Thursday, June 08, 2006

Decisions about the British attack in North Africa in late 1941

General Auchinleck and Air Marshal Tedder had been called home to speak with the Defence Committee, after they were appointed. The Defence Committee had been anxious to mount some sort of offensive quickly so that the British could be perceived as taking pressure off the Russians, as we have previously discussed. Much of the rationale for the change in command was politically driven, as was the need for an offensive. General Auchinleck was able to successfully argue that the offensive should be delayed until November, when the chances of success were much better.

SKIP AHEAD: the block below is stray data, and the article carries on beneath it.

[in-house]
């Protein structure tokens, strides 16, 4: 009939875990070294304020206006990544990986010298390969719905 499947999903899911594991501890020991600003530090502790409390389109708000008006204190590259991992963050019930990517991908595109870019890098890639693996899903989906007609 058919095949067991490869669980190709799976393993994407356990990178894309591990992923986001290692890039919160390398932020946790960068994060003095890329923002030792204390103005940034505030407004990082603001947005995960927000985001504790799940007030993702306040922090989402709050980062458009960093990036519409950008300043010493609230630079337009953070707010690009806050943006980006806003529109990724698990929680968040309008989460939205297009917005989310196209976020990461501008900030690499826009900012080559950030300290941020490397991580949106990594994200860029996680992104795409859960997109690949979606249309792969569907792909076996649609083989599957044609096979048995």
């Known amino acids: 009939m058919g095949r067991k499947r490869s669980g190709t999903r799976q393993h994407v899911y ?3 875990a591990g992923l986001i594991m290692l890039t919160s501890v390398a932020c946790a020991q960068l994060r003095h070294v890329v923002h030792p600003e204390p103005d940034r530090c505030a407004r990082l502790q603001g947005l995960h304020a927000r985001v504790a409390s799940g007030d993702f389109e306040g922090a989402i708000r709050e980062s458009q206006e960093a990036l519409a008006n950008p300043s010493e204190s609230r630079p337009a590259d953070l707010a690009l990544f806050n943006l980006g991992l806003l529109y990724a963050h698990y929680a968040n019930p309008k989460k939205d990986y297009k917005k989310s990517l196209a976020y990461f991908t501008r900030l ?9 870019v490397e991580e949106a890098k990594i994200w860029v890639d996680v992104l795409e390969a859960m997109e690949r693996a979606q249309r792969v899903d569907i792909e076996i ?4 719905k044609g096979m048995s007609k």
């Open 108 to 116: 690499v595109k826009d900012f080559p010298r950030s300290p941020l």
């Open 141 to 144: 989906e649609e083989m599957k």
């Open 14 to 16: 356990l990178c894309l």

Everyone expected that by November the RAF could be reinforced with new aircraft, so that they would be in a better position to gain air supremacy over the battlefield. British forces generally had been very small, relative to the Italians and now that had been even more true since the arrival of the Germans. The record so far in the Mediterranean and Middle East had been that the RAF had been unable to meet the demands placed upon them to support and defend British ground and naval forces. The challenge was to correct that situation. This is based on the account in Vol.II of the Official History.

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